(This post originally appeared on Accounting Today)
Yes, the next six months will be a busy time for accountants. Not only will we be catching up with tax filings but many of our clients will be needing our help to file applications for forgiveness of their Paycheck Protection Program loans (as noted in this recent Accounting Today article).
But here’s a question: If you’re helping your clients with PPP work, are you charging them? If you are, you’re not alone. Many of the accountants that I speak to anecdotally are sending invoices for this work. But a few aren’t. It’s certainly not unethical to charge, and many in the profession justifiably believe that they’re providing an important, billable service. I don’t disagree. But is billing your client for these services really in the best interests of your firm — and your clients — in the long run? I’m not so sure it is. Why?
For starters, I certainly realize that instead of just turning the whole loan forgiveness program into a grant program (a move that would provide enormous savings, as I wrote here) the Small Business Administration, along with the Treasury, has turned the entire process into a bureaucratic, complex undertaking, complete with lengthy, difficult-to-follow documents (49 frequently asked questions and counting!) as well as conflicting and incomplete information. Many business owners aren’t used to this type of financial reporting and need help with the process, so naturally they’re turning to us.
But here’s the thing: The PPP was intended to help small businesses affected by the COVID-19 outbreak, and not to line the pockets of their professional advisors. One CPA I know complained that, with the release of the Treasury’s EZ Application, her fees would be less because it would be easier for a client to submit their data. I think she’s missing the boat. Millions of small businesses have suffered enormously as a result of the pandemic. Charging additional fees to help them get money back from the government seems to me like adding salt to their wounds.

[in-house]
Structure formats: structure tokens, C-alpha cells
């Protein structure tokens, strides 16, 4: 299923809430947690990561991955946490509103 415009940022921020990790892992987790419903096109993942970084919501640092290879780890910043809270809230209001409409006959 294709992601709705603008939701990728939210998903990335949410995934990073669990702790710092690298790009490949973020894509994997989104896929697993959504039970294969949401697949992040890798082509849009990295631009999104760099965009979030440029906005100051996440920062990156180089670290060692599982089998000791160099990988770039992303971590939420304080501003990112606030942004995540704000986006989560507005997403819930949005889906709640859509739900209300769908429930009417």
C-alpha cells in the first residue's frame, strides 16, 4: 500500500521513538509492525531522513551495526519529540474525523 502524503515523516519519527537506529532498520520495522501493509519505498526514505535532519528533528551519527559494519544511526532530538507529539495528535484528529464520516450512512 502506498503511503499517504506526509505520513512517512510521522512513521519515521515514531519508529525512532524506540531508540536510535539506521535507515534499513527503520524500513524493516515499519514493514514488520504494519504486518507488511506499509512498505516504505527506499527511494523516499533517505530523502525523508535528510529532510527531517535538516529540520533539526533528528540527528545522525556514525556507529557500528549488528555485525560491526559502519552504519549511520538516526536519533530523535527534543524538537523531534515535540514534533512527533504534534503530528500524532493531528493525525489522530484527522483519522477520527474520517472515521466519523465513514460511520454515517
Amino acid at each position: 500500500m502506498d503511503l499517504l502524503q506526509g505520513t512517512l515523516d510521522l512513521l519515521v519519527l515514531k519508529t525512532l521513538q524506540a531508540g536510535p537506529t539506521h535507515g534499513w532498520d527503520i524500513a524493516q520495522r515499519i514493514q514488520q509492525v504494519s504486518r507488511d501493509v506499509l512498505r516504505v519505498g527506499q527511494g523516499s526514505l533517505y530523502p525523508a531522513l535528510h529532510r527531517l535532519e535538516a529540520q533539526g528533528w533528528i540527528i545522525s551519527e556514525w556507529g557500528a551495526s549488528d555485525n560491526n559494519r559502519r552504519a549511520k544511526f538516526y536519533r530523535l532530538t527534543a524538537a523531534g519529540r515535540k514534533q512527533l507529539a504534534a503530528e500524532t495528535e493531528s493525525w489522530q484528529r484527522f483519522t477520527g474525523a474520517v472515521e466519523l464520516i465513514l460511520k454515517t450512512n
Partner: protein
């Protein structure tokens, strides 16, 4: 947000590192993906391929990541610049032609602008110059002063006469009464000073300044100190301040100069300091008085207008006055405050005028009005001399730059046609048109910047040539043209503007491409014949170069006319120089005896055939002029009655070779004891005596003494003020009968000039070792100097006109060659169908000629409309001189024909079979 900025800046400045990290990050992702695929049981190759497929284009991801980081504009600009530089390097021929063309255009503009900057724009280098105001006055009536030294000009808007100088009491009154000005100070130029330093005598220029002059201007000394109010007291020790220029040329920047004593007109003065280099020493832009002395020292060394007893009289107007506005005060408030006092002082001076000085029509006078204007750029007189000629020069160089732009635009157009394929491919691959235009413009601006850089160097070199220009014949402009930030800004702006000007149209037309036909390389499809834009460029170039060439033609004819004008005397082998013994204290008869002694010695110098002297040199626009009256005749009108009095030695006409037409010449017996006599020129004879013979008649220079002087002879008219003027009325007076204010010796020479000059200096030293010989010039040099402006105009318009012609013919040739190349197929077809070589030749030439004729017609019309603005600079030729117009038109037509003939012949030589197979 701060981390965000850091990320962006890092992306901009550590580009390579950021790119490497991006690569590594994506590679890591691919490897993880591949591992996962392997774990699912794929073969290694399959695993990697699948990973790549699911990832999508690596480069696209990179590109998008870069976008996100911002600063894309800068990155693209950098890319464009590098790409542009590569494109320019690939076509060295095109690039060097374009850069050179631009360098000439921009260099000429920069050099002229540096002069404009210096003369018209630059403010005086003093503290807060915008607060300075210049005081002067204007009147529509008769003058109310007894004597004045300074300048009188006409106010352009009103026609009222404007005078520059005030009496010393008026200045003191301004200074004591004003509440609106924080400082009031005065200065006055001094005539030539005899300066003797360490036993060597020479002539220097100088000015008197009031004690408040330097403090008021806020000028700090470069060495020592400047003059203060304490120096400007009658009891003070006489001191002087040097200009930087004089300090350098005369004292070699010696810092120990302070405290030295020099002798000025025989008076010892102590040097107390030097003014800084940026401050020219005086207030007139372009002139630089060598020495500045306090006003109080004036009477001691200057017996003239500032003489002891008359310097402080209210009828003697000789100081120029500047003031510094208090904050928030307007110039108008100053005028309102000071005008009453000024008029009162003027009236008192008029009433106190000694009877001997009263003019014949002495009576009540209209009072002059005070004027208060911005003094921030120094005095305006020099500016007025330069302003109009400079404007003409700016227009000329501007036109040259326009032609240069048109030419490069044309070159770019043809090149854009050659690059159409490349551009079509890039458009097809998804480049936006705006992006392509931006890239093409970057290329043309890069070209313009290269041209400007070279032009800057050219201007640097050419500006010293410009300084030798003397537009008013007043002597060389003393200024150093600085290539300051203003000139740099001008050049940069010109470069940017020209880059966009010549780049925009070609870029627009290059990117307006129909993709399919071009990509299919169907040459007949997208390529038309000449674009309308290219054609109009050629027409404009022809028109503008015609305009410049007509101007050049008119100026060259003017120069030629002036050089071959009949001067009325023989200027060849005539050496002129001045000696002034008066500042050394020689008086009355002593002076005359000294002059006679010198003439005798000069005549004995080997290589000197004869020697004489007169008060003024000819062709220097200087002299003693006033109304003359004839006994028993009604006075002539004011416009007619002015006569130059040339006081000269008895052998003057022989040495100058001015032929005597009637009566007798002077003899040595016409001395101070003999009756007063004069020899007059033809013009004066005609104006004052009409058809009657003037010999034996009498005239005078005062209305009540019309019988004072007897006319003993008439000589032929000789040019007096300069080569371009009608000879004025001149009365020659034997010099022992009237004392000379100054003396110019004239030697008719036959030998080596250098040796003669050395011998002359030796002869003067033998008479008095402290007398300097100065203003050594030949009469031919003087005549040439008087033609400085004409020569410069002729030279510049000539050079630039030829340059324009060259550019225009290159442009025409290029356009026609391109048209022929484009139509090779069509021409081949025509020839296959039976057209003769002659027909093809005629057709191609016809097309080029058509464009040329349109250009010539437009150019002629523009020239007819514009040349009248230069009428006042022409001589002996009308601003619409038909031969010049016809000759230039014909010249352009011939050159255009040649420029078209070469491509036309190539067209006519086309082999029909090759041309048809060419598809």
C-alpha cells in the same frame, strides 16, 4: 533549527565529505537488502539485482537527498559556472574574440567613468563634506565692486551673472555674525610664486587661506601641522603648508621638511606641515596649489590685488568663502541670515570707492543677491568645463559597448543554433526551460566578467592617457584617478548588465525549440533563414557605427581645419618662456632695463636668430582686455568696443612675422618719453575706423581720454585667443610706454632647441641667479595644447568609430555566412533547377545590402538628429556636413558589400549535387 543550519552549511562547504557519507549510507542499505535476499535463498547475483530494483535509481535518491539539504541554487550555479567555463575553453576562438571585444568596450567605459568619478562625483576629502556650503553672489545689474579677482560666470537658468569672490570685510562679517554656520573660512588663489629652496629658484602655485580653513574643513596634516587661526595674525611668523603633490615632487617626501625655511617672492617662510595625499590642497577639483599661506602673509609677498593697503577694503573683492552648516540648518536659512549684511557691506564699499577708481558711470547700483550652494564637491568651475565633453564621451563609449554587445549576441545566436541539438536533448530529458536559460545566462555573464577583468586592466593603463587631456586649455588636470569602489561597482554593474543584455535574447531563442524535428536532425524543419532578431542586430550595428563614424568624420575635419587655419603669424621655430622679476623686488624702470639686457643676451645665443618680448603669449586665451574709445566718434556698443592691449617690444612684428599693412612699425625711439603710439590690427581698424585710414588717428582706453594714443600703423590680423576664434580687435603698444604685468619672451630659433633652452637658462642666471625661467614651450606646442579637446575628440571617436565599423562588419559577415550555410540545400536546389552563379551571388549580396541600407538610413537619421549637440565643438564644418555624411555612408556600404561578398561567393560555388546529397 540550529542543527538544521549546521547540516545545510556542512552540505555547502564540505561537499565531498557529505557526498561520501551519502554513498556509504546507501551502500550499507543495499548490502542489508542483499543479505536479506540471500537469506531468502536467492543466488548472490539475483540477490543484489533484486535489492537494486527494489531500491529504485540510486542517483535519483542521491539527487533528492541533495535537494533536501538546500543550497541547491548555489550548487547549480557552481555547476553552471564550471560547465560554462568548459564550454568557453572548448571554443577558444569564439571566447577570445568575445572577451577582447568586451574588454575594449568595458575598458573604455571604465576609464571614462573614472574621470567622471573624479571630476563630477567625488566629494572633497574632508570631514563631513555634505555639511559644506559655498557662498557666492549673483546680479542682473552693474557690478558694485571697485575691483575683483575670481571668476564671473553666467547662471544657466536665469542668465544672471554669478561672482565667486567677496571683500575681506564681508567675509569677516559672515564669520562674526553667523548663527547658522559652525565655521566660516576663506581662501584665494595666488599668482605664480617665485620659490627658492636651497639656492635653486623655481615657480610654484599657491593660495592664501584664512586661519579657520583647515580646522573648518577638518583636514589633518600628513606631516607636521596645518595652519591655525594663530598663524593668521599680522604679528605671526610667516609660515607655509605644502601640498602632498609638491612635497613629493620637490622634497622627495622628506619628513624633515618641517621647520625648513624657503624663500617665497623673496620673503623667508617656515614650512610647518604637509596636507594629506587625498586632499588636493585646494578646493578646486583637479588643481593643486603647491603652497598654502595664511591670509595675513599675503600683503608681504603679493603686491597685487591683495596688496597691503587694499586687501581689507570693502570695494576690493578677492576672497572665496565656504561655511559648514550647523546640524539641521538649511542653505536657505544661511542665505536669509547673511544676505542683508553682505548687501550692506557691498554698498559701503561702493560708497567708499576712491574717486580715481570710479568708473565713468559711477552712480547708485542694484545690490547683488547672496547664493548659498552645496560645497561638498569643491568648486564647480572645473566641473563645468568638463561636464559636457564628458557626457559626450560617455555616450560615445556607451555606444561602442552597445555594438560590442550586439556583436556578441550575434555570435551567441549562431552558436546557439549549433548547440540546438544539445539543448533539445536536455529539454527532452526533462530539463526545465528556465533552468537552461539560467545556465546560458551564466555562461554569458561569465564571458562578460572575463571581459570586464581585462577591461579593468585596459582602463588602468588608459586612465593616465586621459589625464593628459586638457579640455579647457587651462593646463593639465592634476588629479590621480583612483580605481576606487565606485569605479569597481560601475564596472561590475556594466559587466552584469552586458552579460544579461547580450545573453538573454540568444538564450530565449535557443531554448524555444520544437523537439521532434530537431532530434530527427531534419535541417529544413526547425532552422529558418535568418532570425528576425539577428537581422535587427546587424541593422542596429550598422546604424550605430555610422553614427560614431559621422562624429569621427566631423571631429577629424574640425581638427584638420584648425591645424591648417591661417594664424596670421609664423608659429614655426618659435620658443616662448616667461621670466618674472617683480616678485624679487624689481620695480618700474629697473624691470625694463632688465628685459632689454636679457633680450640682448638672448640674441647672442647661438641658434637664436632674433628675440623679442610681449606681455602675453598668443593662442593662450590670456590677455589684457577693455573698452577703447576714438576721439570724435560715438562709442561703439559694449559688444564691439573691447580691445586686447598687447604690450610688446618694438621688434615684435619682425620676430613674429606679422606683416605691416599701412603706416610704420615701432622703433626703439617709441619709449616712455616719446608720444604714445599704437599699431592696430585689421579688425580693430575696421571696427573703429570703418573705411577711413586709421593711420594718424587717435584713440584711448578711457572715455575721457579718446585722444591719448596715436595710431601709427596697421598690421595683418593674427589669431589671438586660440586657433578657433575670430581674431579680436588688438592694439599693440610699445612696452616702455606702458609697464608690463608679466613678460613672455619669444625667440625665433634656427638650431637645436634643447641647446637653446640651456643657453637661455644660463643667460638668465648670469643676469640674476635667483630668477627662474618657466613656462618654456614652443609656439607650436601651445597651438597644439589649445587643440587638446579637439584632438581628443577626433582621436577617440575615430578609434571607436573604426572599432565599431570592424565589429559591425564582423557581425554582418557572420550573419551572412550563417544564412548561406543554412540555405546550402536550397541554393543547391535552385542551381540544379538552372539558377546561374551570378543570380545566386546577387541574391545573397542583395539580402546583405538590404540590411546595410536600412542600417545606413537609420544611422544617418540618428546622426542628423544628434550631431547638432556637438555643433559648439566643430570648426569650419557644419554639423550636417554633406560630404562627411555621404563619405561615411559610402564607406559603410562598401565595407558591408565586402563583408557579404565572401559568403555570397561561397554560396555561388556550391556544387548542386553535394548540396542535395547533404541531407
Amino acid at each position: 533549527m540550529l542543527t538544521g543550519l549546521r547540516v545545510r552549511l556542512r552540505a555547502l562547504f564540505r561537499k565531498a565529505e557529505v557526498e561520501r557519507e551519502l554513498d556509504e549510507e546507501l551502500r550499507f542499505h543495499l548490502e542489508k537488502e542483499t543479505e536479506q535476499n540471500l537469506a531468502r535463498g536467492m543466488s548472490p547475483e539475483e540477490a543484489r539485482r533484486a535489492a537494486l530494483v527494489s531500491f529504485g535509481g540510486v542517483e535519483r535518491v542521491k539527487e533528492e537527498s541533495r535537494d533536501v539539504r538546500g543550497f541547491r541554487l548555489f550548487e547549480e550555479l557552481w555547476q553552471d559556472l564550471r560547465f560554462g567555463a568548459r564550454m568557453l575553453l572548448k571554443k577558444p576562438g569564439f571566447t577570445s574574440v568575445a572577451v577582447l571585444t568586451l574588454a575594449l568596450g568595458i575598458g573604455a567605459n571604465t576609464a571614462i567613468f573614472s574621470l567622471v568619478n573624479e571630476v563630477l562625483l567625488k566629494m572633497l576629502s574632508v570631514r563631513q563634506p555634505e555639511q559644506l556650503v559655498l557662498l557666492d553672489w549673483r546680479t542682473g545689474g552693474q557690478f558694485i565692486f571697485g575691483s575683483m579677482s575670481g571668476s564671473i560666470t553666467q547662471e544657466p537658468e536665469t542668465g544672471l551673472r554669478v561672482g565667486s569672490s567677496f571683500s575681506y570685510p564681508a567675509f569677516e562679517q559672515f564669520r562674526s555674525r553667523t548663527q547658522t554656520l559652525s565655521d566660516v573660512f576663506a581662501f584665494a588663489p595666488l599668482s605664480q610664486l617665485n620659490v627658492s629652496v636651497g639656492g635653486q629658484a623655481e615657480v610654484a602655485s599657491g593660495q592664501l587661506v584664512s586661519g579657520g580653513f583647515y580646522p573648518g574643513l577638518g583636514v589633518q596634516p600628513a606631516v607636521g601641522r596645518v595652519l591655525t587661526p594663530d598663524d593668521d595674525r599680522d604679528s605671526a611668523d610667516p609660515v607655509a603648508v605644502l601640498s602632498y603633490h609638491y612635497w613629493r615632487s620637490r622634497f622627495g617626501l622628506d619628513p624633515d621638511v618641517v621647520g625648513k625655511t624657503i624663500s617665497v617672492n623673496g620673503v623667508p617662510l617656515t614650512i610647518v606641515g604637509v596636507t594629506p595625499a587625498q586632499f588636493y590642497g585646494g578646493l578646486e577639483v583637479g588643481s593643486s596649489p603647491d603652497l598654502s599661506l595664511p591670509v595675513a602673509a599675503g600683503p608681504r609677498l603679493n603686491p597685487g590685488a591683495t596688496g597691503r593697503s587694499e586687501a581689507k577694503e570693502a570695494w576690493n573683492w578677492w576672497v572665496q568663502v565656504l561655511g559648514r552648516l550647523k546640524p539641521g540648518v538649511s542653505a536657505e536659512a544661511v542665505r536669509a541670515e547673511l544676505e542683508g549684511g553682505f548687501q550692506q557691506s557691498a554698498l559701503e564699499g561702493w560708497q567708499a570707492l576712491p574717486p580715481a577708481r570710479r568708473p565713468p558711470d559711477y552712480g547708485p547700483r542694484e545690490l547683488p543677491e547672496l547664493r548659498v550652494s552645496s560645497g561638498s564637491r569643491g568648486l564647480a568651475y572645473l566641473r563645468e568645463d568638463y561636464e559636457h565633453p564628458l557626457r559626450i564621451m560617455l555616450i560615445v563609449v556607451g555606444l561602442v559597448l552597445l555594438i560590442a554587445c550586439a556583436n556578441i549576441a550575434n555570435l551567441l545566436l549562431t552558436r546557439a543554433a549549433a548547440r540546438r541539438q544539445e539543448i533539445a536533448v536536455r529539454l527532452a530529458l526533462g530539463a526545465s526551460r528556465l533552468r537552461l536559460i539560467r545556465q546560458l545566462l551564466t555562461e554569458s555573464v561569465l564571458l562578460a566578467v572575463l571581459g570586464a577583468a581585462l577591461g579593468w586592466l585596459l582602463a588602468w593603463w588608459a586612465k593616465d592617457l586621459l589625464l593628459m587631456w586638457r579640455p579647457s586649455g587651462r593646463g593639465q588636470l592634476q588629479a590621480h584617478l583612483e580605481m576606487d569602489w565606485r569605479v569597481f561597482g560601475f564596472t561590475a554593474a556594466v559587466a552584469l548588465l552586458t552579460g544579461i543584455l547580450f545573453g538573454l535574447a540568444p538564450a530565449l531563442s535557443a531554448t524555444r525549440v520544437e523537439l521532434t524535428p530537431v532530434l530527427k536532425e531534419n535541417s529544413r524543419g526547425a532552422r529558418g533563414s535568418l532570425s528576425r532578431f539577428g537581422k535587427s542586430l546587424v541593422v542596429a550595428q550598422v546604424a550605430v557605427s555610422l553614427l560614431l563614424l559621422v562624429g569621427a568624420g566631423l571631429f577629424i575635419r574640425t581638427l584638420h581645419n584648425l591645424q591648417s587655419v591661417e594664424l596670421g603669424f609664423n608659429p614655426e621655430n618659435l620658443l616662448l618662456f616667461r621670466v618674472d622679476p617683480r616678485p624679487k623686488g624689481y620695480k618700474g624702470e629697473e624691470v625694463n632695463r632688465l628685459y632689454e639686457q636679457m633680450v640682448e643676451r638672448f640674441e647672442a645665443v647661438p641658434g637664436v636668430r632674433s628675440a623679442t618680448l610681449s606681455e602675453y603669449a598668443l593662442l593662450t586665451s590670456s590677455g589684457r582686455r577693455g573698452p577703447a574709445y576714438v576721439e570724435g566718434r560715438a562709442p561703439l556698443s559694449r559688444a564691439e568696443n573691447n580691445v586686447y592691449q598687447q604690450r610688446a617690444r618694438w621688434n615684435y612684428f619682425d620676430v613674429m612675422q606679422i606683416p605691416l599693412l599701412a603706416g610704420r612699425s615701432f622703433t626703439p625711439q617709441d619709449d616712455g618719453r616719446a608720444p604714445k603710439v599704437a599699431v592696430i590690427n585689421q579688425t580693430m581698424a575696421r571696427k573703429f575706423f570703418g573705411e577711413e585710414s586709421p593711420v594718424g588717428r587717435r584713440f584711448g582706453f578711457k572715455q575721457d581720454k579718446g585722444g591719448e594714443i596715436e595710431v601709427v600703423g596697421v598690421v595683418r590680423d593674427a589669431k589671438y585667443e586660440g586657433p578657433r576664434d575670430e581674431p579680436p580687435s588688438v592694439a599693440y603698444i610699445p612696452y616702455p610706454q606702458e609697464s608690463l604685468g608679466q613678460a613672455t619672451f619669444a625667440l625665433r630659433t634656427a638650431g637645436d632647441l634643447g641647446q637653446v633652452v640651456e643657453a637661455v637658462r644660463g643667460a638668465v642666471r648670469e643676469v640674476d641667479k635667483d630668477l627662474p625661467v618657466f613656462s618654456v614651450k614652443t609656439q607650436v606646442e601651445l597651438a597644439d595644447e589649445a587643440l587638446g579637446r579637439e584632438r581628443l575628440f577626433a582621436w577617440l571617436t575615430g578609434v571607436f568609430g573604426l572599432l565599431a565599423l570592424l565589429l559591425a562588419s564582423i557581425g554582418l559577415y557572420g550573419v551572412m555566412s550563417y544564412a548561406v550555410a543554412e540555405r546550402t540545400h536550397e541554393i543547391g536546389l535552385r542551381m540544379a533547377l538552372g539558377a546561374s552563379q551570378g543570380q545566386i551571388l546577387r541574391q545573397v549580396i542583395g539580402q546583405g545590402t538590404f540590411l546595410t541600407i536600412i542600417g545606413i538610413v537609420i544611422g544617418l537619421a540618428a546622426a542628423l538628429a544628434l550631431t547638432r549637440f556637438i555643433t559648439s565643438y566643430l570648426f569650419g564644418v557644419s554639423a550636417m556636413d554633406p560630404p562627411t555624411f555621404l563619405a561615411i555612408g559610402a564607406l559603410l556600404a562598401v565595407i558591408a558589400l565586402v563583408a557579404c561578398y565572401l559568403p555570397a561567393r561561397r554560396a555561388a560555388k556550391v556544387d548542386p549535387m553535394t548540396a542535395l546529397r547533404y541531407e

We’re also exposing ourselves to potentially bad media reports about our practices. So far, it’s been the banks who’ve been on the receiving end of negative public relations thanks to their mishandling of the loan applications at the start, followed by allegations of customer favoritism and now the increasing awareness of the hundreds of millions of dollars in fees they’ve earned from the government as a result. Who’s next for the media to attack?
Well, why not all those financial professionals who also profited from the PPP program? These types of articles seem inevitable. They will be politically motivated, particularly as we head deeper into the election season and people are looking for ways to attack or defend any “villain” — including the accounting profession — who makes a good story. Do you want your firm to be labelled as a greedy profiteer, one that sticks it to those poor, needy, mom-and-pops in their time of need? Shame on you!
Finally, charging your clients to help them with their PPP forgiveness applications may hurt your firm’s relations with that client more than help them. Sure, you want to be reimbursed for the time your staff is spending. But, by taking this money, you’re also potentially ruffling feathers. Trust me when I say that your clients — beset by many difficult challenges in these unprecedented times — aren’t going to be thrilled when they also receive a bill from you for services they had no choice but to accept. Charging them could potentially be seen as a very selfish act.
By not charging a client (and making sure the client knows it!) you’re not only unselfish, but you’re demonstrating your commitment to your relationship and your concern for their long-term viability. You’re demonstrating that you care by putting your money where your mouth is and absorbing some additional costs … just like they are. That type of skin in the game will likely go a long way once things eventually turn back around.
If you’re still on the fence about charging, how about a compromise? The government is more closely scrutinizing companies that borrow more than $2 million, so maybe your firm should institute a similar cutoff. That way you can charge your larger customers when possible, yet waive fees for your smaller ones. It’s likely that you’ll be spending more time with your bigger clients anyway, and being those larger companies will be more apt to understand the reasonableness of these charges, as opposed to the restaurant owner that’s barely surviving.
Regardless, it’s important to take a step back and seriously consider your billing policy for these PPP services. Knowing what we know about the government, there will be more rules and bureaucracy to come, and even another stimulus round. But taken together, this is still just a one-off event and will (very hopefully) not occur again for a long time. So maybe the best way to leverage this event isn’t by collecting short-term cash from your clients but by generating long-term goodwill.